In a fisheries subsidies study, the provision of these landing site facilities free of charge was considered a subsidy to the fisheries industry as this type of services does not generally exist in other economic sectors. However, the assessment of the subsidy caused problems because the capital cost of the investments were not accounted for on an annual basis in the accounts of the municipalities; as the government practices a cash basis accounting principle, the capital expenditure is accounted for in the year of payment and no depreciation costs are allocated over time. Moreover, some of the facilities were very old and it seemed difficult to establish when they had been constructed. Hence, to estimate the annual depreciation cost to be included in the calculation of the government cost of the subsidy various assumptions and approximations had to be used. Some of the investment expenditures could be found in the accounts of previous years. By consulting other departments of the government involved in public infrastructure projects, estimates of the values of other items were obtained as well as their likely economic life spans.

Accordingly, the total cost to the government of the ten landing sites were calculated as follows:

Operational costs: 100 000 (ten caretakers) + 50 000 (maintenance and repairs) + 20 000 (miscellaneous) = 170 000.

Depreciation on infrastructure type 1: 200 000 (investment) divided by 10 years = 20 000.

Depreciation on infrastructure type 2: 300 000 (investment) divided by 20 years = 15 000.

Overhead cost city municipalities: 5 000.

TOTAL: US$ 215 000

With regard to the value of the subsidy to the industry, the annual cost per boat, i.e., approximately US$ 270 according to the above calculation, was compared with the prices charged by two private boat clubs offering mooring and other facilities to leisure boats: US$ 500 per boat per year. Taking the differences in facilities and services into account, it was concluded that a reasonable market price for the landing site facilities offered by the City Municipalities would be around US$ 350. Hence, the total value to the industry was calculated as:

350 multiplied by 800 (number of boats) = TOTAL: US$ 280 000

6.2.16. Payments to foreign governments to secure access to fishing grounds

In some countries, domestic fishers are granted the privilege of free access while foreigners pay some sort of access fee. When a government pays these access fees in foreign countries for its own fishing fleet, these could be considered as Category 2 subsidies with a value to the industry equivalent to the actual annual cost of the fishing right.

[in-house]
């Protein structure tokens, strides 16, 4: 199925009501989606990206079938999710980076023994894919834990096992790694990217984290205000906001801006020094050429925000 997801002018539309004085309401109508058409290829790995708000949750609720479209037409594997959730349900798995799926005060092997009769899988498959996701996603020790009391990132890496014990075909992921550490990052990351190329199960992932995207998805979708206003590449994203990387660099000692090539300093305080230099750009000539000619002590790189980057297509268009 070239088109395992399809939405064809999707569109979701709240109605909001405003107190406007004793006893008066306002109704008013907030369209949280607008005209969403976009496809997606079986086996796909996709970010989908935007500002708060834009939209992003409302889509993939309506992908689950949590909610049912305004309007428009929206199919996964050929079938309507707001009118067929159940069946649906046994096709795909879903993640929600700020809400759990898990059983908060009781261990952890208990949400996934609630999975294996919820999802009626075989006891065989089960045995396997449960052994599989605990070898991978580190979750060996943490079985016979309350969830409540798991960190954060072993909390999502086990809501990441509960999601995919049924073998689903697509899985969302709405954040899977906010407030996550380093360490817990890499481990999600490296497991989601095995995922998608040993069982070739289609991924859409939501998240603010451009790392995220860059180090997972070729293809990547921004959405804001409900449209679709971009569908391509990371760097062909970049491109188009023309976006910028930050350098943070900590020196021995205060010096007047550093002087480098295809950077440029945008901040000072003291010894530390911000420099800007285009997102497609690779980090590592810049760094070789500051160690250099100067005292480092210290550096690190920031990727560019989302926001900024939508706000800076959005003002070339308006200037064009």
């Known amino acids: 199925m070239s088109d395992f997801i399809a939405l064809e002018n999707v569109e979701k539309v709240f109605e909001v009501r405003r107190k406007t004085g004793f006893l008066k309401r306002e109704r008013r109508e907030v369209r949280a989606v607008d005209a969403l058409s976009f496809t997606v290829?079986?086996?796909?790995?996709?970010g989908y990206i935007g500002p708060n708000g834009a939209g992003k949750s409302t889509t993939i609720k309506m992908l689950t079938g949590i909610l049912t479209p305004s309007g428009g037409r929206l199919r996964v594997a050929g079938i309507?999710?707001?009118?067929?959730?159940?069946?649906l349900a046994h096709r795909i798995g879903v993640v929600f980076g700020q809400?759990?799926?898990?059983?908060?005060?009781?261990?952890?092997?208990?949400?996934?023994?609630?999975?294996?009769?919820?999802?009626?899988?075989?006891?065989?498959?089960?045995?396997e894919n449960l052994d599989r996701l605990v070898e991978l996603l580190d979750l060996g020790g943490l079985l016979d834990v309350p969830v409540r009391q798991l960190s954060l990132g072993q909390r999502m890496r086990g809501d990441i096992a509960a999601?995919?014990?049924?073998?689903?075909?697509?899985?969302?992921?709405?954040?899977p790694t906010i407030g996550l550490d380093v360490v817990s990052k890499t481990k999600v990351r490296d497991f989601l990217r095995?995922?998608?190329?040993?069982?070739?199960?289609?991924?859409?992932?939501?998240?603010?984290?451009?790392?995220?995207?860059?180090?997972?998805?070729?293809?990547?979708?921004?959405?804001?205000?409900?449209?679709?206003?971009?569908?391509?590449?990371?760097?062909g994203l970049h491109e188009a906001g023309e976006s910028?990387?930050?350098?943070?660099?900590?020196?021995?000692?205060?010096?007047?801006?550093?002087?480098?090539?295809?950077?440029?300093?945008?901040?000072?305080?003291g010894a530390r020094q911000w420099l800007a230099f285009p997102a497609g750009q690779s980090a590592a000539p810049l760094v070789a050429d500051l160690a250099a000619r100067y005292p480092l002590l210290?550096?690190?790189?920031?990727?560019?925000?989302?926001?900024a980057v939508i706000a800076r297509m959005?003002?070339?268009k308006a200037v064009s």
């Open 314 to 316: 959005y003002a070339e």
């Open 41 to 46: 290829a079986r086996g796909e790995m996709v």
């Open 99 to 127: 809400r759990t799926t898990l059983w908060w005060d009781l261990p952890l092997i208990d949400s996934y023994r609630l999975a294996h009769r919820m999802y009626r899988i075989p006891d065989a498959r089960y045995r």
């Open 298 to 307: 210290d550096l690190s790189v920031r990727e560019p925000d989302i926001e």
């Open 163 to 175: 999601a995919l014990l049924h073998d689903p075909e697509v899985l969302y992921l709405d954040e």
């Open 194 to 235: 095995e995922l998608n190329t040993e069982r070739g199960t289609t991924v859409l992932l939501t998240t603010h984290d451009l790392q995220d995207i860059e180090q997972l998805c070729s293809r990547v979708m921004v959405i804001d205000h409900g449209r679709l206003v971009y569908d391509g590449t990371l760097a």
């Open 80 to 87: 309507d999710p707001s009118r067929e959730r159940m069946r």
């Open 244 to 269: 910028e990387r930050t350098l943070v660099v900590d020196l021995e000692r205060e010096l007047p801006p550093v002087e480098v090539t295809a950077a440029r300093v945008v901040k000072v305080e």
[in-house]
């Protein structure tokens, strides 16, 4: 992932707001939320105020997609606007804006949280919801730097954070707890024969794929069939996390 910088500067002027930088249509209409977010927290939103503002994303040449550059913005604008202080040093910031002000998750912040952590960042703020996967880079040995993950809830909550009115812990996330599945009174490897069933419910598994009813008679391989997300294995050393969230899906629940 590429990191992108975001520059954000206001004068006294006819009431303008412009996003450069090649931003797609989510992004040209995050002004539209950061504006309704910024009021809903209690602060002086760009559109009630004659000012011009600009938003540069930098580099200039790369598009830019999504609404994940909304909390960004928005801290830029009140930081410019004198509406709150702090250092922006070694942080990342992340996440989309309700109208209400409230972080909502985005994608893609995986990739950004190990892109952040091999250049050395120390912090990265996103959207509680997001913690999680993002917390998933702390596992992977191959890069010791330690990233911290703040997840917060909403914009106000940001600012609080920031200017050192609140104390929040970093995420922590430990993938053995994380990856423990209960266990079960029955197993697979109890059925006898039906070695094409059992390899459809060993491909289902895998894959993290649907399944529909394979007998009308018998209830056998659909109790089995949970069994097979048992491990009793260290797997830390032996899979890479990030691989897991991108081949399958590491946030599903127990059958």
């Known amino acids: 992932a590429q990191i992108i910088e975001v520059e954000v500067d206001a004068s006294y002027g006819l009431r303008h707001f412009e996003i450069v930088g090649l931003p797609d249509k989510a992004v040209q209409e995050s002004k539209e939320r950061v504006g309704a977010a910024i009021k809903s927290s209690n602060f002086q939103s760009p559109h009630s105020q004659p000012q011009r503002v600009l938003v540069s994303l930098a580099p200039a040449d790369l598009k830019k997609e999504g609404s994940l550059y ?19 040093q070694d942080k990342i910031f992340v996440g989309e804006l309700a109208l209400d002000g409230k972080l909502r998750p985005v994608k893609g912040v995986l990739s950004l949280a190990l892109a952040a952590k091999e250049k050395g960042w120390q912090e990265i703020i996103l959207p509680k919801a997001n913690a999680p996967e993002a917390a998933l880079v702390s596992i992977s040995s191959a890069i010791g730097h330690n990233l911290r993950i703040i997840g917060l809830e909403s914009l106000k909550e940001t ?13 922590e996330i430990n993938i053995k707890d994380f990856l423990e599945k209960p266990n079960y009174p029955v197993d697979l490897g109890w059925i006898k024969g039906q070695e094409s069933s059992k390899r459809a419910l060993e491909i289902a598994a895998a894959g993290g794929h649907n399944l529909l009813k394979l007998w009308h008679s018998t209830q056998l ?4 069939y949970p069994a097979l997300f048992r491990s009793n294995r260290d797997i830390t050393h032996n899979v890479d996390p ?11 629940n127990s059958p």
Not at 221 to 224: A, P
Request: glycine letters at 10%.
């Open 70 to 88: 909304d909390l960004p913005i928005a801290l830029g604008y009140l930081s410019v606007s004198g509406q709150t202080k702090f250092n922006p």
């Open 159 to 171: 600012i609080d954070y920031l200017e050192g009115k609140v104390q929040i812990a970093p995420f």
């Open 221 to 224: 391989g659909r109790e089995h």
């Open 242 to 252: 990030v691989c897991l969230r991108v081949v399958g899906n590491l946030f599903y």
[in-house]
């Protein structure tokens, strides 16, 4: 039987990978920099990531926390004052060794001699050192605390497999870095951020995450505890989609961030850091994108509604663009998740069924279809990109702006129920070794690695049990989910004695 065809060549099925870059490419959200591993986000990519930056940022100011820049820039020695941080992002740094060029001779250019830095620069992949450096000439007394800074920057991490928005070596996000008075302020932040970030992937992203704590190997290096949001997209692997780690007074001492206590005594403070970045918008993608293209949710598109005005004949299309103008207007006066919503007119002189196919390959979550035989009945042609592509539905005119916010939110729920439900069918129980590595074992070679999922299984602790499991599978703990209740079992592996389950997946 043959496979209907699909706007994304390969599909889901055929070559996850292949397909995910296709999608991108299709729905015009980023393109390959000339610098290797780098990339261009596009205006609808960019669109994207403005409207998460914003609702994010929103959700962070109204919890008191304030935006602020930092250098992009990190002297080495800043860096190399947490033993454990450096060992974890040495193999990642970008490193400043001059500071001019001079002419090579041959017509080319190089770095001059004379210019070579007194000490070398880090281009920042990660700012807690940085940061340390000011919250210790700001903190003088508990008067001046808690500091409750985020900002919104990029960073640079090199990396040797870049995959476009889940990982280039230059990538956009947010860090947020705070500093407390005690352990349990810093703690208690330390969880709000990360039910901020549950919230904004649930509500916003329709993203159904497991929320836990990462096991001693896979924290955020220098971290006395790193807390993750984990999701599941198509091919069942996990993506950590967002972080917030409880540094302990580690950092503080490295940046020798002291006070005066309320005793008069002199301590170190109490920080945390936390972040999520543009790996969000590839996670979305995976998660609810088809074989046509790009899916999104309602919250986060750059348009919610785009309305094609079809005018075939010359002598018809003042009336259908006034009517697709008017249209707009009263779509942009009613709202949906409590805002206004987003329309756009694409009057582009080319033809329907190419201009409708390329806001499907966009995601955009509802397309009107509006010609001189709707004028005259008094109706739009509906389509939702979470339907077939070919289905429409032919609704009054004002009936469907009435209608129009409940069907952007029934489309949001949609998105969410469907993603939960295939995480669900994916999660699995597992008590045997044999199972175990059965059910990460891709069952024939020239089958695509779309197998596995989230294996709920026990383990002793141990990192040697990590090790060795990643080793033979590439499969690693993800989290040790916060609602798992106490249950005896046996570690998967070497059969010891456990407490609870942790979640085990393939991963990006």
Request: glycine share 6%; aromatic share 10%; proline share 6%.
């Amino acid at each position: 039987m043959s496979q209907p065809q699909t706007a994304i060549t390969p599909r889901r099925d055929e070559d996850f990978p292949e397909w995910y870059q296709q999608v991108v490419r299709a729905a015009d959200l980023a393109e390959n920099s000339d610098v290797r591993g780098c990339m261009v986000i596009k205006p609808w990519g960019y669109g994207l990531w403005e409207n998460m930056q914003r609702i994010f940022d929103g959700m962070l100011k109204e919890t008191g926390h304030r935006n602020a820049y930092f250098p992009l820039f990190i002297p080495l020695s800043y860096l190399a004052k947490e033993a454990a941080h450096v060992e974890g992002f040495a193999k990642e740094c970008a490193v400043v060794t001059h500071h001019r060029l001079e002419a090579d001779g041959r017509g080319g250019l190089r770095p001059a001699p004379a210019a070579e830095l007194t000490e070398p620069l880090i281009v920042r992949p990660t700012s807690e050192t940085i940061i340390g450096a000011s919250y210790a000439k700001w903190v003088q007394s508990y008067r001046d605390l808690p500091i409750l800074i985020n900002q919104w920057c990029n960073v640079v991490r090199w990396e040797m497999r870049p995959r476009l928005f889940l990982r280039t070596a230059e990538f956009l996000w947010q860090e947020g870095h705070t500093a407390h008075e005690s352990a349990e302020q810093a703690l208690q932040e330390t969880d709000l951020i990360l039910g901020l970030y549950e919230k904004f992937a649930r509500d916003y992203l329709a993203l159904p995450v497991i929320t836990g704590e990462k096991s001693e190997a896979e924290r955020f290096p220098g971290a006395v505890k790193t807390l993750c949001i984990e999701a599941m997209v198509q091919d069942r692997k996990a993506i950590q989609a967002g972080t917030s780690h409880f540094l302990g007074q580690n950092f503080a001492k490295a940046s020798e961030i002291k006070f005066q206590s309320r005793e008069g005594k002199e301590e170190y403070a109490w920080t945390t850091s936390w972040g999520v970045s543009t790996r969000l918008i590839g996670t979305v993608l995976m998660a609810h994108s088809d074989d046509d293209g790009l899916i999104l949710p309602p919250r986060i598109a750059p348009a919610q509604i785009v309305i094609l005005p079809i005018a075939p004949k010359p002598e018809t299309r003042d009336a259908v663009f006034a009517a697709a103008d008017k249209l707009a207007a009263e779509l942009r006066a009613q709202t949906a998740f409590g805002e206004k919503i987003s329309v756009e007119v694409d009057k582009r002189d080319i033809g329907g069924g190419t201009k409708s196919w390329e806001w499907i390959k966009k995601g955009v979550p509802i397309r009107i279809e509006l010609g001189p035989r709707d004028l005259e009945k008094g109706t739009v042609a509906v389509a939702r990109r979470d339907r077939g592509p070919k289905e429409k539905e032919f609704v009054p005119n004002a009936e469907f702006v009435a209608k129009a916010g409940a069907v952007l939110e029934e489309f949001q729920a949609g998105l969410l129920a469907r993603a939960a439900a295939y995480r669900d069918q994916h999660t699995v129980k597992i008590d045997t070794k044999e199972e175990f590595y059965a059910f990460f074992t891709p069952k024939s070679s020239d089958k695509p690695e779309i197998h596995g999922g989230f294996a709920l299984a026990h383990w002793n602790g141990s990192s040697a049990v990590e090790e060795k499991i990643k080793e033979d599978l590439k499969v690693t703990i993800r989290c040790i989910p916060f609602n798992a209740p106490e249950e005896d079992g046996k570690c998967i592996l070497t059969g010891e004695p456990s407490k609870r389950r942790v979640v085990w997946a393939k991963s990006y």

6.2.17. Government research and development (R & D)

Governments often fund research institutes and activities. Certain R & D, leading to efficiency improvements, is likely to be carried out also by the industry and government funded research is then a direct support to these activities. Other research may be more related to fisheries management and resource protection and could, for example, provide management information or lead to the development of gear that is then imposed on the industry through gear regulations. R & D activities are probably best classified as Category 2 subsidies. With regard to the assessment of their costs and values, we are likely to encounter similar difficulties as we are for fisheries management and the industry value may have to be assumed to be the same as the government cost (see below).

Box 14: Delineating subsidies, assessing cross-departmental activities and public accounting practices

Sometimes it may be more convenient to define a subsidy according to the organization that delivers the subsidy rather than splitting it up in actual activities or support measures. For example, a research or training institute may be defined as a subsidy in its entirety, rather than separating out the research activities or training courses. At other times, the subsidy is better reported as an activity with several providers, e.g. as fisheries management including inputs from a management division of the Ministry of Fisheries, research activities from an institute and surveillance carried out by the Coast Guard. The approach we chose would depend on the level of detail we are aiming at for our fisheries subsidies study but there are also practical considerations. The way we delineate our subsidies may have to be influenced by the structure of the public accounts and the organization of the public bodies providing the subsidies. It may be very difficult to calculate the cost (revenue) to the government of a certain situation or measure if the subsidy is defined in a way that cuts across several departments or accounting categories.